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November 05, 2013

Claustrophobia

By Brittany Tedesco

A few months ago, some of the other writers and I sat down to interview a native ministry leader who was visiting Christian Aid from Vietnam. I learned, through his translator, just how much he´d suffered for Christ. He´d been thrown into dungeon-like prisons six times. . .worst of all was when he spent an entire 25 months alone in, quite literally, a dark hole in the ground. As I walked to my car after work, the warm sunshine on my face, I tried to wrap my brain around 25 months in a small, dark space. I could barely comprehend what 25 hours would feel like.

In fact, I find it odd that the word “claustrophobia” even exists—as though only a few “phobic” people dislike being confined to a small, tight space. Who among us would ever relish such a situation?

The closest I´ve come to solitary confinement in a small, dimly-lit space is almost being trapped inside the Christian Aid elevator. A few other staff members actually experienced this several years ago when the erratic apparatus jolted to a stop for several moments with them inside.

That´s when an emergency kit suddenly appeared in a corner of our elevator. Nary has it been cracked open in nearly five years, but that doesn´t matter! It´s our security blanket, if you will, should the unthinkable occur.

Note: the likelihood of the unthinkable might be slim, considering the presence of an emergency telephone inside the elevator, but anything can happen.

“No need to panic!” the kit virtually screams. . .but how am I not supposed to panic upon discovering, yesterday, that the only edible items inside the kit are a travel-sized cup of peanut butter that expired in 2009, two stale granola bars, and three breath mints? How would I ration these items should I be faced with an extended stay inside the steel prison? A bite of granola bar, a scoop of peanut butter, and one breath mint per day? Or should I wait for a day or two in hopes of a swift rescue before taking the risk of breaking my teeth on the rock-hard oats or getting sick from expired peanut butter?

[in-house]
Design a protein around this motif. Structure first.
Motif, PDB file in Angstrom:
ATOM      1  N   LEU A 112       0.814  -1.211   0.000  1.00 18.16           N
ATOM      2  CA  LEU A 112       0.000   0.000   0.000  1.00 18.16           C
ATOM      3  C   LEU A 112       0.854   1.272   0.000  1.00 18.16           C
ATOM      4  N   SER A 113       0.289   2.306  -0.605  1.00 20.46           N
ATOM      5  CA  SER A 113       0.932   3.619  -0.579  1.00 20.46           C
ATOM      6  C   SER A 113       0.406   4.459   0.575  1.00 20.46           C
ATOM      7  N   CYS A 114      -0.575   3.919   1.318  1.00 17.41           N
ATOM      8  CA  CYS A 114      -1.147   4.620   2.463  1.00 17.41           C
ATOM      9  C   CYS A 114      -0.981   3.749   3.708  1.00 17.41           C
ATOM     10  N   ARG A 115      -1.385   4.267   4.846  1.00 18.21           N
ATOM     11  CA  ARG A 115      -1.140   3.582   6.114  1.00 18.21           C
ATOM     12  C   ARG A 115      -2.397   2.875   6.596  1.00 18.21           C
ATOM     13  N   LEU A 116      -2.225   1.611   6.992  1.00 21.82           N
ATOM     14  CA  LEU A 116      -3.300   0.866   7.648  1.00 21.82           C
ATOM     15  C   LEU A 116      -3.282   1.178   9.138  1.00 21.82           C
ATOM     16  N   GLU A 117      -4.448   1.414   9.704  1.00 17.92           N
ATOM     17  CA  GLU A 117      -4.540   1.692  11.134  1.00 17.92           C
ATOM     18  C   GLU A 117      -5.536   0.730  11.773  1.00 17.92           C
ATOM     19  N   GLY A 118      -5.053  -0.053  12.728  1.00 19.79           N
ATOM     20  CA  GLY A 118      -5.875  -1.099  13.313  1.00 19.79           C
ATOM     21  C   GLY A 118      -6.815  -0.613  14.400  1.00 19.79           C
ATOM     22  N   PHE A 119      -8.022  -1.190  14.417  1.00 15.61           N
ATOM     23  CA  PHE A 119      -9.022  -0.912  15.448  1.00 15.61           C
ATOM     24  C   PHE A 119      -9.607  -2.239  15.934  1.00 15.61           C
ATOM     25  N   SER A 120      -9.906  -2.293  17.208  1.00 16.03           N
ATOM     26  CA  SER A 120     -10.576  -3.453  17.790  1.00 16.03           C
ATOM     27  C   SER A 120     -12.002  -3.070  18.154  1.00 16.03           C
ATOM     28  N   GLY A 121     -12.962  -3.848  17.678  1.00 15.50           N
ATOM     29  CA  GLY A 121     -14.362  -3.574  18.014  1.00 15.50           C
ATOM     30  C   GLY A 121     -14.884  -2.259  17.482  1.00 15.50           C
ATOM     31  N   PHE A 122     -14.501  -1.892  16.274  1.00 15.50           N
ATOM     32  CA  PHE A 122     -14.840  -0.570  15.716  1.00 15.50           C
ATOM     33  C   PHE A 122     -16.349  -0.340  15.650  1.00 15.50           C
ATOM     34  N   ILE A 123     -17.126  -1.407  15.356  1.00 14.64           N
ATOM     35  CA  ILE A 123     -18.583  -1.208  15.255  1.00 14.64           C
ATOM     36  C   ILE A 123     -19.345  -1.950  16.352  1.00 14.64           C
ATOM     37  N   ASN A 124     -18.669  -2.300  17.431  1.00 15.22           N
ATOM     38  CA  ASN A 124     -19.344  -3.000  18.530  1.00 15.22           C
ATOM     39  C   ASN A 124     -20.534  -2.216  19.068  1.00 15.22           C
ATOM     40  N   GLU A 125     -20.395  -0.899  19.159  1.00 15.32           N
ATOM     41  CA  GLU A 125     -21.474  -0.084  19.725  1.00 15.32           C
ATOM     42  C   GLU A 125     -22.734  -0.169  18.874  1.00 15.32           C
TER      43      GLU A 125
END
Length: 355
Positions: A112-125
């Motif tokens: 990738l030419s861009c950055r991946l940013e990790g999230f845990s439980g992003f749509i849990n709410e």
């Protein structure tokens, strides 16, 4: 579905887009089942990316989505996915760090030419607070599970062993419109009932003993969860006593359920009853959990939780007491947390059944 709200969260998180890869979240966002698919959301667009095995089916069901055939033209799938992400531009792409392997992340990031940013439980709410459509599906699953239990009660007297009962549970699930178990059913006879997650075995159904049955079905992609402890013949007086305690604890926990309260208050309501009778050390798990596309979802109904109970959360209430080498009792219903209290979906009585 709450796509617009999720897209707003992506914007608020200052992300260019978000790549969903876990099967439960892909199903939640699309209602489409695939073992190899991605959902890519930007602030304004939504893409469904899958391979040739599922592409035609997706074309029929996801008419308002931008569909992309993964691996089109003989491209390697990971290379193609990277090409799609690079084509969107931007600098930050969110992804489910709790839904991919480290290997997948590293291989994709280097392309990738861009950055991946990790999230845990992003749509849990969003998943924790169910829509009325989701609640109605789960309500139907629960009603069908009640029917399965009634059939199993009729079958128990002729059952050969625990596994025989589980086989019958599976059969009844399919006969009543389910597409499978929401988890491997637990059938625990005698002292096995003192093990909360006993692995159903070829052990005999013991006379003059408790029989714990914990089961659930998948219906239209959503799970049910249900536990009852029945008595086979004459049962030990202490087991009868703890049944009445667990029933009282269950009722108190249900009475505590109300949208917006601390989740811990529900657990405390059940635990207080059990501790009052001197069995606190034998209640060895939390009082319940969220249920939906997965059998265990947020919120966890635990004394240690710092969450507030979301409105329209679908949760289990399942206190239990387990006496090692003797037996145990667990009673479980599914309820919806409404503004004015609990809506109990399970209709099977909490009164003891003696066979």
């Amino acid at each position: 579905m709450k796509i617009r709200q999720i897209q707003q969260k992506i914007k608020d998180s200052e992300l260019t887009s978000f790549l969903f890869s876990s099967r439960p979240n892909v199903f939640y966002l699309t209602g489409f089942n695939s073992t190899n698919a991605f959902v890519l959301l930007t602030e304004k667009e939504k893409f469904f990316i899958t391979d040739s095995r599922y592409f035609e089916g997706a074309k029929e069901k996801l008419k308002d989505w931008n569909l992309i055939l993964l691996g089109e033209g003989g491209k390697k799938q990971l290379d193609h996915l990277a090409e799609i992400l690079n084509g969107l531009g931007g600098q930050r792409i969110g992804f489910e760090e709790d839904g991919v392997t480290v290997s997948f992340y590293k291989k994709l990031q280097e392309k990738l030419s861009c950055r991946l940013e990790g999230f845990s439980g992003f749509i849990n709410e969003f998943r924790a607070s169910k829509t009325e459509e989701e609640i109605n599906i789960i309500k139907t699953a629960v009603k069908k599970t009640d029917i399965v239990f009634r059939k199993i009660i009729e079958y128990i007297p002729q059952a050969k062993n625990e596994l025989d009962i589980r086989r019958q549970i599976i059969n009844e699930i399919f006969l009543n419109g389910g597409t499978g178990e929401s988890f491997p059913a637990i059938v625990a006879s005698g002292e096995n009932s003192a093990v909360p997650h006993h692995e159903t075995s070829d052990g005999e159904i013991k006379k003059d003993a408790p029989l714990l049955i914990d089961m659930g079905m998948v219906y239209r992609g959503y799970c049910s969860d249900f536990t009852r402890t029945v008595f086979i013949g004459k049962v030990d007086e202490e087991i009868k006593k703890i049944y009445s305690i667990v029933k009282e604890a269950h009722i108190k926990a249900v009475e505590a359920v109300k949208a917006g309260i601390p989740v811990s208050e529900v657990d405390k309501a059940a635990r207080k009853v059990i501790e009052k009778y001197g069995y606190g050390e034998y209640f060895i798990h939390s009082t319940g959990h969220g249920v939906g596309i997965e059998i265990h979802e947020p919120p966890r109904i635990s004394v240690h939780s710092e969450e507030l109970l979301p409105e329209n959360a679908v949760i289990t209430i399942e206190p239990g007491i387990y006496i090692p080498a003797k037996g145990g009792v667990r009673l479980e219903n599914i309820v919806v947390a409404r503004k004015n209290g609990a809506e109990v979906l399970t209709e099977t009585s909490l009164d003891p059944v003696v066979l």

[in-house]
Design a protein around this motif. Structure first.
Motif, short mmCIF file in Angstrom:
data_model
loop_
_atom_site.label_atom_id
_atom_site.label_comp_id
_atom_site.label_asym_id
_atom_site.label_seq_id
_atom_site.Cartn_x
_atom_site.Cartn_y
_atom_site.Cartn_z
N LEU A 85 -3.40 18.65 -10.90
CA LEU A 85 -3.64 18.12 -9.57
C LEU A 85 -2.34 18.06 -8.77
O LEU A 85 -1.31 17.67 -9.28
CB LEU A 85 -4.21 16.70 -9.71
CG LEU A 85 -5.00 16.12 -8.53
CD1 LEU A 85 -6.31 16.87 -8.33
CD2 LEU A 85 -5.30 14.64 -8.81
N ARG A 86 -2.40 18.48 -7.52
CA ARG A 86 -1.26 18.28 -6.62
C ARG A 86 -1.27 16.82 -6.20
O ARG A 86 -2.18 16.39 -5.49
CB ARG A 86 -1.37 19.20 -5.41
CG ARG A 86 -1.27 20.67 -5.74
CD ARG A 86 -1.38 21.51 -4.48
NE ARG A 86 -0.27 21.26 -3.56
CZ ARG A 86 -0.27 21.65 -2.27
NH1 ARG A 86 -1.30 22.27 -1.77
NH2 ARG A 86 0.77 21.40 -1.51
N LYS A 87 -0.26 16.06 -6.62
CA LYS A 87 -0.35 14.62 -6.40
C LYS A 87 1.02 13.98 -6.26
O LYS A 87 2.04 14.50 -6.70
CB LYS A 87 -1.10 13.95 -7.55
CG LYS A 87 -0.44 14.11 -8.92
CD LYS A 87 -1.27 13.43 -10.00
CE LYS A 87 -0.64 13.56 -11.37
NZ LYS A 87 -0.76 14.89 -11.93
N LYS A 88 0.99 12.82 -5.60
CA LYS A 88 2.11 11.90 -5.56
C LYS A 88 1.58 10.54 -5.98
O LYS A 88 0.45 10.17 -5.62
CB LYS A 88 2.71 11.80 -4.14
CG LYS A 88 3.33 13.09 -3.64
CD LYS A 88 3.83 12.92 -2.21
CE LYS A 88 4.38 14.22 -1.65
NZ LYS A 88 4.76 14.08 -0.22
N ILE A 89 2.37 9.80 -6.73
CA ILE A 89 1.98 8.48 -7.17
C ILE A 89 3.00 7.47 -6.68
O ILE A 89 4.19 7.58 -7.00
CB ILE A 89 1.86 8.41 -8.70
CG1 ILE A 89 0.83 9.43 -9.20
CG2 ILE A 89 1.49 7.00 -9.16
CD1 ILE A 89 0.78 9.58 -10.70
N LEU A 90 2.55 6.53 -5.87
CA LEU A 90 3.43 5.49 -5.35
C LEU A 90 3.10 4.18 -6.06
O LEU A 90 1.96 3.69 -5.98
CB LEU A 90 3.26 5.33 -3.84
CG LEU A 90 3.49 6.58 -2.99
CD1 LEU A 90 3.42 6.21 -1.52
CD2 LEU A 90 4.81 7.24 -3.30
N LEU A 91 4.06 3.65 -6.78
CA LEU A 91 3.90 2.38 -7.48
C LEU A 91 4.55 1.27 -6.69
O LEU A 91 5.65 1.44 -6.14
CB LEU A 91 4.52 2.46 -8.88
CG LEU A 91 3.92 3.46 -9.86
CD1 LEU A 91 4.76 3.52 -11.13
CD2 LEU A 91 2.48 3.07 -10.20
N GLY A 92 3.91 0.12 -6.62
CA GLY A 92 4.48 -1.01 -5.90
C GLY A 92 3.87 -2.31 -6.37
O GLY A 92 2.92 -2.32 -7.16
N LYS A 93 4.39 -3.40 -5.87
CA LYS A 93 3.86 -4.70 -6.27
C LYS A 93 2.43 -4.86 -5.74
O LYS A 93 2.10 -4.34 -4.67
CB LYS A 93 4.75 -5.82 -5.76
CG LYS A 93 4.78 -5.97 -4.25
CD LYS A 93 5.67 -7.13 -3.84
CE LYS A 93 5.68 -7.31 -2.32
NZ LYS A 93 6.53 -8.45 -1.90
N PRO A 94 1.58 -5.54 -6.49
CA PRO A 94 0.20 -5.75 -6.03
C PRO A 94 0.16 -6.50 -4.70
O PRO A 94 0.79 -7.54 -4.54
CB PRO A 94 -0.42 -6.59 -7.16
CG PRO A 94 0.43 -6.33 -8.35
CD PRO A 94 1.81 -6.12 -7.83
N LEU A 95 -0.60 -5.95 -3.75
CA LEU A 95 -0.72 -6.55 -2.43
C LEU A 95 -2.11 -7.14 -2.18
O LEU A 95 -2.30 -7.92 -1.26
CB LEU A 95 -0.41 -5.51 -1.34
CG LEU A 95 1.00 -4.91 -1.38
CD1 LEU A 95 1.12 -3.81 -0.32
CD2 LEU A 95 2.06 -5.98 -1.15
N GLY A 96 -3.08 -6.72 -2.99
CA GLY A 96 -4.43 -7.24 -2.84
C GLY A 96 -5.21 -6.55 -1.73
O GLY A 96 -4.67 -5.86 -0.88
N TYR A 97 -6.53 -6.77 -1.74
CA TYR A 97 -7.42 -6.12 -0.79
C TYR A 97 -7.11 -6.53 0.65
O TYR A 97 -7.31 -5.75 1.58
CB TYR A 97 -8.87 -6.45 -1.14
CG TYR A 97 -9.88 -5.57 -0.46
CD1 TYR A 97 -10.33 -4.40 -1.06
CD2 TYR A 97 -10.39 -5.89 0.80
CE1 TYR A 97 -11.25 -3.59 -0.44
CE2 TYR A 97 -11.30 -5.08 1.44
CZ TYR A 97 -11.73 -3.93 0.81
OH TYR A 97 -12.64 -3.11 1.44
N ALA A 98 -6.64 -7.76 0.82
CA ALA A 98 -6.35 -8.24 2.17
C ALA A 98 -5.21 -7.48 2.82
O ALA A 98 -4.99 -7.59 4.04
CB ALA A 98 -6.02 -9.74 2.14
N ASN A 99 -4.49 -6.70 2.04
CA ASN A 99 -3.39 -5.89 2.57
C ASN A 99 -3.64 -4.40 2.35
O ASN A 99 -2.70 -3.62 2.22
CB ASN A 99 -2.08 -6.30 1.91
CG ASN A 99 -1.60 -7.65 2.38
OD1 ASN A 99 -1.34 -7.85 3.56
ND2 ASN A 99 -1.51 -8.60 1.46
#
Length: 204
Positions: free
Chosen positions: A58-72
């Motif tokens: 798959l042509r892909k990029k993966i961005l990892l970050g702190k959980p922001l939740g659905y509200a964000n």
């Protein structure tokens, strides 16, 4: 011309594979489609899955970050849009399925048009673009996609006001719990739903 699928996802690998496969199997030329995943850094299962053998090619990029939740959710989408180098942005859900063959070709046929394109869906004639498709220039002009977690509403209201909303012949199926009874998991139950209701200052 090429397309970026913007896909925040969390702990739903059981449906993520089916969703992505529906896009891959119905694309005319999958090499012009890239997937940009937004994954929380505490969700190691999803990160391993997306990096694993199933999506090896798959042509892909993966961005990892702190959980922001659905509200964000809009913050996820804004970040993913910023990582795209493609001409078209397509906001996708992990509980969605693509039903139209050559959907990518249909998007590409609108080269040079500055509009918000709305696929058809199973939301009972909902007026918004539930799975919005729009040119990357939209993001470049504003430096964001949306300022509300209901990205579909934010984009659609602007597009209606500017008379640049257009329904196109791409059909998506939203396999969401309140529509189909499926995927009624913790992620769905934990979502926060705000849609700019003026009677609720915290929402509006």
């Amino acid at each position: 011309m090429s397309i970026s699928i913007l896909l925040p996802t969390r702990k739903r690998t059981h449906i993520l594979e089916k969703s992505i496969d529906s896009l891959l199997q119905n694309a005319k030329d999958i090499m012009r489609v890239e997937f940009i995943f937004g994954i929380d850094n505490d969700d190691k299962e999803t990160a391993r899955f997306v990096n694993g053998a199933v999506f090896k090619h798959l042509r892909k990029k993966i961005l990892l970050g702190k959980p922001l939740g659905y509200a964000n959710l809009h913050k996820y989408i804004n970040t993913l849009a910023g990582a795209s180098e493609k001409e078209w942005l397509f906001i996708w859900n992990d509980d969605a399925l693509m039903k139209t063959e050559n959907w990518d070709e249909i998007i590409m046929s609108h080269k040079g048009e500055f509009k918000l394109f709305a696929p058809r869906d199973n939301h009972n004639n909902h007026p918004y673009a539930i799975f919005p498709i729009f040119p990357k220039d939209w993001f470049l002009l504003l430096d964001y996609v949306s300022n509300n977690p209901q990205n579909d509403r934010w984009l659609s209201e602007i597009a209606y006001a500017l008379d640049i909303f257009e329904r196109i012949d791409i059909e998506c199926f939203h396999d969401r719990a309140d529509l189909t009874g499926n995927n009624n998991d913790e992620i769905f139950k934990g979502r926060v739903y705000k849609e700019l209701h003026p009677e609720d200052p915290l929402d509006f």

And what about the waterproof tarp--what´s that doing in the kit? Is there a chance water might start gushing out from somewhere?

What´s the need for a 170-item first aid kit? Is this for when you´ve been locked in the elevator for so long that you bloody your head from beating it against the doors?

A flashlight and batteries next to a book speak of the possibility of a long wait. . .as does the “urinary director with extension tube for females” and “collector bags.” The only scenario I can fathom where I´d actually even consider using this contraption (and the subsequent risk of being rescued while doing so) is when I´ve been stuck in the elevator for so long that I´ve given up all hope of ever again seeing the light of day.

I´ve put forth many questions. . .for which I don´t have answers. What I do know is that, after writing this post, I don´t feel comfortable taking the elevator—ever again. A snarky post like this almost begs the writer to get stuck therein. No, I´m not superstitious—I´m just not one to test God. Nor would I like to test out the emergency kit.

Comments
Toni- posted November 07, 2013
I love this. It gave me my laugh for the day.


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